Many firms fail to comply with their software agreements and as a result pay unbudgeted audit fees. We look at what steps you can take to be proactive.
Cloud, social and mobile mean that today’s enterprise applications are being implemented and used in ways beyond those anticipated by legacy license agreements. Datacentre consolidation, shared services and international expansion could break restricted use rights.
Outsourcing can also exceed limitations on third party use. Extranets, portals, and integrated applications architectures makes the division between direct and indirect users harder to define. Virtualisation, multiple core processors and multiple threads complicate CPU and server-based license schemes.
The drop in new license revenues has also led software companies to make more repeated audits. Often, these audits would only happen when someone blew the whistle on suspicious licensing practices, whereas nowadays software vendors tend to audit as part of standard business practices.
Indeed, businesses can be audited many times a year across their portfolio of software. And it’s possible each audit could result in liabilities running into the millions. But organisations can take steps to mitigate this risk throughout license acquisition, during the software asset management process (SAM), and in response to a provider audit.
1 – Focus on the license agreement
Risks during auditing can be decreased by targeting important areas of the license agreement. If different licensing models are available, the business should choose a arrangement that — outside of offering a cost-effective solution — permits confidence in compliance. A per-user or per-device licensing system may not be suitable for an environment with inadequate desktop configuration and asset management.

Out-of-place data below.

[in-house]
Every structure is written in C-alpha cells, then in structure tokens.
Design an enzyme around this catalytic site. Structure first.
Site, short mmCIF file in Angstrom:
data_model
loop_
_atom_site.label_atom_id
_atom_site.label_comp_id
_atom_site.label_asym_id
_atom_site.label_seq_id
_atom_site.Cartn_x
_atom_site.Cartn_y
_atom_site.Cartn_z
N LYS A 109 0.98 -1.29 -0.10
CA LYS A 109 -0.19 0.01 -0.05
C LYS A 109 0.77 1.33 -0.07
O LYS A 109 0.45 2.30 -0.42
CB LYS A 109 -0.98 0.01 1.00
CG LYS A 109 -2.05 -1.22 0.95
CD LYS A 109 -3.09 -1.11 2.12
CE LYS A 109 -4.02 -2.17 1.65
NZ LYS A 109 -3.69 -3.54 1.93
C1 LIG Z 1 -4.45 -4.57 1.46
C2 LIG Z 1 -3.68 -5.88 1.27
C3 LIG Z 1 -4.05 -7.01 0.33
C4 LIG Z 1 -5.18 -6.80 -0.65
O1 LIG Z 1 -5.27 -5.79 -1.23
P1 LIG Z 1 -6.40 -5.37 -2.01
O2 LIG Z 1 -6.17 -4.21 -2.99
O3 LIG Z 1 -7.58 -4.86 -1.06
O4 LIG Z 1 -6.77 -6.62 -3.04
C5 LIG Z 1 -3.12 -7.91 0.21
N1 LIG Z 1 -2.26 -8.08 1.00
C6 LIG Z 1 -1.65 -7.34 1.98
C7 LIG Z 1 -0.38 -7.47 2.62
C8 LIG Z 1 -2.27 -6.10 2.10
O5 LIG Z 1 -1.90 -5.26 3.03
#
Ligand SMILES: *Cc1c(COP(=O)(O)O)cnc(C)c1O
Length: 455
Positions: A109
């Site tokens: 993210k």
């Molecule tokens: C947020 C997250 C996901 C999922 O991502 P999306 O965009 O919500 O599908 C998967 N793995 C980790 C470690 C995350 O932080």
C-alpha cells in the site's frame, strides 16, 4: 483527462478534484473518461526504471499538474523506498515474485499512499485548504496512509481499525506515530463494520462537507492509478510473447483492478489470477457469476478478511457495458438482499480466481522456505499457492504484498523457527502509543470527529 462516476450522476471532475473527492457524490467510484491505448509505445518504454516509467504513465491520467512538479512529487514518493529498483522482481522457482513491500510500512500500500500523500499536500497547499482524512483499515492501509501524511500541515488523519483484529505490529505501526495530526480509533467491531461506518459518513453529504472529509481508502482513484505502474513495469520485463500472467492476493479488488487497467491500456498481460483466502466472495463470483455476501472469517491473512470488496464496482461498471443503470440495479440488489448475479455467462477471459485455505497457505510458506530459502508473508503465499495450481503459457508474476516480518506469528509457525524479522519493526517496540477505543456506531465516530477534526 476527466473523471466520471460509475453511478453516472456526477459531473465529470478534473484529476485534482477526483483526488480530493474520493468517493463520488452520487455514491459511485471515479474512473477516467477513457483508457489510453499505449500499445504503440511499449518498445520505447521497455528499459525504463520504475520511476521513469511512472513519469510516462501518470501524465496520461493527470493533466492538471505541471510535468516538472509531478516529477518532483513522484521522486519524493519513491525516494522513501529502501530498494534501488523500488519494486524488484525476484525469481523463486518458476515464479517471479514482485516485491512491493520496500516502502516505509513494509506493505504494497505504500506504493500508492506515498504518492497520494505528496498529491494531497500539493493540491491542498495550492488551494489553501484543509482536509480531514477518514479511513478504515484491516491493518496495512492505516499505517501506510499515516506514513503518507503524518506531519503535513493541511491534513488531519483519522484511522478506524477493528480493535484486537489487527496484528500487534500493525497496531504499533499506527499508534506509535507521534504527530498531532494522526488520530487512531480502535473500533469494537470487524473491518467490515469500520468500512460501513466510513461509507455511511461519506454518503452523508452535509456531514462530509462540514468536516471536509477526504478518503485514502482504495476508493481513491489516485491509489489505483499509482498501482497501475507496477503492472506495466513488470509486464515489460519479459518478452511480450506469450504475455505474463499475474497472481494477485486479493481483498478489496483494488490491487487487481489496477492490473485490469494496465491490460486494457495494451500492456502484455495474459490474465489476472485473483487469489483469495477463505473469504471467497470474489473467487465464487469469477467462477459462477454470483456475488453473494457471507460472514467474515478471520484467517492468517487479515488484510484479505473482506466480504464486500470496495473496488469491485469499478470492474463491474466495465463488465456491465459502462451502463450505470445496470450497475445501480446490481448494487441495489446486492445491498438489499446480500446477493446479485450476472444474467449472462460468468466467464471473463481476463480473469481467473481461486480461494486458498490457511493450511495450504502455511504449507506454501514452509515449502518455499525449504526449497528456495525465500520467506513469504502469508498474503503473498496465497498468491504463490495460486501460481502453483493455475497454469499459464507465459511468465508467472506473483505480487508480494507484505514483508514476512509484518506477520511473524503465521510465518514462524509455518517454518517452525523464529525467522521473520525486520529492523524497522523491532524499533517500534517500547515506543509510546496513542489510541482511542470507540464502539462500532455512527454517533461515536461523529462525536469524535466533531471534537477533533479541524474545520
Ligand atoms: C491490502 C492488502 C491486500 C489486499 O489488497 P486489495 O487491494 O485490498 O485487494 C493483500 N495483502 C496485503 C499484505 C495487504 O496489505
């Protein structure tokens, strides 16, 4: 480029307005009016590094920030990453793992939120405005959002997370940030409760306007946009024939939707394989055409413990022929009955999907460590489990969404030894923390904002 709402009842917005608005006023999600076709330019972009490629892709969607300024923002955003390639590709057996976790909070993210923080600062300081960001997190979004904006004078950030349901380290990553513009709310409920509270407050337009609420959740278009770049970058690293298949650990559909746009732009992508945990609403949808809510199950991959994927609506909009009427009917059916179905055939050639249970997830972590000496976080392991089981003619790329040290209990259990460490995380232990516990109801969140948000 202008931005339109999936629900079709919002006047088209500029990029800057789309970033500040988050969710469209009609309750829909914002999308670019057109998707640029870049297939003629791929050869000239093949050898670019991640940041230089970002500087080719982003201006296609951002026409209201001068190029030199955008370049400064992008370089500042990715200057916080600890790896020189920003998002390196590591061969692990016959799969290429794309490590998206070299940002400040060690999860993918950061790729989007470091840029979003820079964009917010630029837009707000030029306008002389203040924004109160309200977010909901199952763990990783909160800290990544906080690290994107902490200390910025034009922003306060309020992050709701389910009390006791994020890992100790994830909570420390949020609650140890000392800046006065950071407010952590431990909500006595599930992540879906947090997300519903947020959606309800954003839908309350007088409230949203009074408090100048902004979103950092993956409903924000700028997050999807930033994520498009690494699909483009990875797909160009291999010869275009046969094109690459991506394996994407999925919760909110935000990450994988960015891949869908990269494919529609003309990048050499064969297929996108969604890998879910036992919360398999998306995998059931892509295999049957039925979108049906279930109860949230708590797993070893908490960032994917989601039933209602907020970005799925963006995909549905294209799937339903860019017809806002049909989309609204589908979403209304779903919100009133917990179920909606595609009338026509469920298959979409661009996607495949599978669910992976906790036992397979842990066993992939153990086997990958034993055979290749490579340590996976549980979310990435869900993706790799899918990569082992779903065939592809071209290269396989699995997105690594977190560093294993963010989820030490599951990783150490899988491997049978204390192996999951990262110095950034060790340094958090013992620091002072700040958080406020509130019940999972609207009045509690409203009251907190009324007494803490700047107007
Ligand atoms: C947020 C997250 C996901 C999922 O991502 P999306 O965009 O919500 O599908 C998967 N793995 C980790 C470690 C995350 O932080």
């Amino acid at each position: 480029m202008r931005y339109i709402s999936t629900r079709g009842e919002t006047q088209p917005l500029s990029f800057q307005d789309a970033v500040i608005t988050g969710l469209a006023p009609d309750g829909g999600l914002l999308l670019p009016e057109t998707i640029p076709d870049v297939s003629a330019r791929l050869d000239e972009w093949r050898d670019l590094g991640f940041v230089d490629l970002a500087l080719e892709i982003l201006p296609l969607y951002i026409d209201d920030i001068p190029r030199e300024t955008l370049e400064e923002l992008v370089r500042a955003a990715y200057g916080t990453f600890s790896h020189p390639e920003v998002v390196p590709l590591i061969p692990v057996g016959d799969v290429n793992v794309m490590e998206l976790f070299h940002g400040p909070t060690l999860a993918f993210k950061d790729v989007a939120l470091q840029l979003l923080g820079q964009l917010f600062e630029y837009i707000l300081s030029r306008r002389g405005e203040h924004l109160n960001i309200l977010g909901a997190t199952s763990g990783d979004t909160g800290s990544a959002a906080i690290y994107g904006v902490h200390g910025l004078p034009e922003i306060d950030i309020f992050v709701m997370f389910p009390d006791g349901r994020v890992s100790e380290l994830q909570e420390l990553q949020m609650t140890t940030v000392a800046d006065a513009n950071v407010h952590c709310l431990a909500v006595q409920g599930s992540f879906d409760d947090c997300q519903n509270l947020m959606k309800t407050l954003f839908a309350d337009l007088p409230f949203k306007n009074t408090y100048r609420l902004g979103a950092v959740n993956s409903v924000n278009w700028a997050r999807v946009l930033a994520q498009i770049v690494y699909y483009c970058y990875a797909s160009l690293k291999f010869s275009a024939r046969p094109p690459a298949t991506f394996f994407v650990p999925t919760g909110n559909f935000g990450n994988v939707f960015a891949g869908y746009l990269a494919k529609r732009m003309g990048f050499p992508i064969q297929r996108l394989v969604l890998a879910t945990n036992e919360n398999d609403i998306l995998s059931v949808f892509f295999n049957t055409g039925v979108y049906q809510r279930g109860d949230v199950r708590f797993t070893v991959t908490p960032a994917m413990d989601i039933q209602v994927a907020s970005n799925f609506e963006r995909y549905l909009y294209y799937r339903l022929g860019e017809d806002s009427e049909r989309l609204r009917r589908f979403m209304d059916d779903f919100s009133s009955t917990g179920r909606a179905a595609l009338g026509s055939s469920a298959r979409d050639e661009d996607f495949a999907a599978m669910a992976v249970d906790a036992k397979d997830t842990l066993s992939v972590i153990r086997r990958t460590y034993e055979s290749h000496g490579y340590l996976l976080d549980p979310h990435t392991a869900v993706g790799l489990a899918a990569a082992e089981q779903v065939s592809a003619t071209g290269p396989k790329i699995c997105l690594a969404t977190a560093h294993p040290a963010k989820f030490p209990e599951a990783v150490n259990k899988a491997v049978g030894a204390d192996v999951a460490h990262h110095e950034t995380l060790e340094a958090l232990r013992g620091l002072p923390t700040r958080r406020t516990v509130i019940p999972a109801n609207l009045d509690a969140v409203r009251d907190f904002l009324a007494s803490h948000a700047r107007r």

Organisations should apply license agreements as flexibly and wide-ranging as possible to avoid separate pools of licenses and using approaches like “exchange rights” where unused licenses of one product can be exchanged for licenses required for another piece of software.
There should also be reasonable limitations on audit rights to prevent the audit being too intrusive and offer even-handed resolutions for inadvertent non-compliance. Organisations need to have adequate notice and be able to delay audits for mitigating situations.
Organisations should be able to review software asset management processes with their software provider. Establishing that SAM practices are vigorous should mean that an auditor may not have to perform an intrusive, time-consuming audit.
2 – Shift to ongoing compliance
Once an organisation has demonstrated an agreement that avoids infringement and protects the business for the worst excesses of an audit, the focus can move onto ongoing operational compliance applying a full-bodied approach to SAM. A best practice is creating license compliance and centralised tracking as a fundamental competence within IT.
The compliance team should be included in any license purchasing and involved in the enterprise change management process to detect any unexpected licensing effects. The team should also carry out recurring data verification audits to corroborate the output of any automated discovery tools and confirm enterprise license entitlements.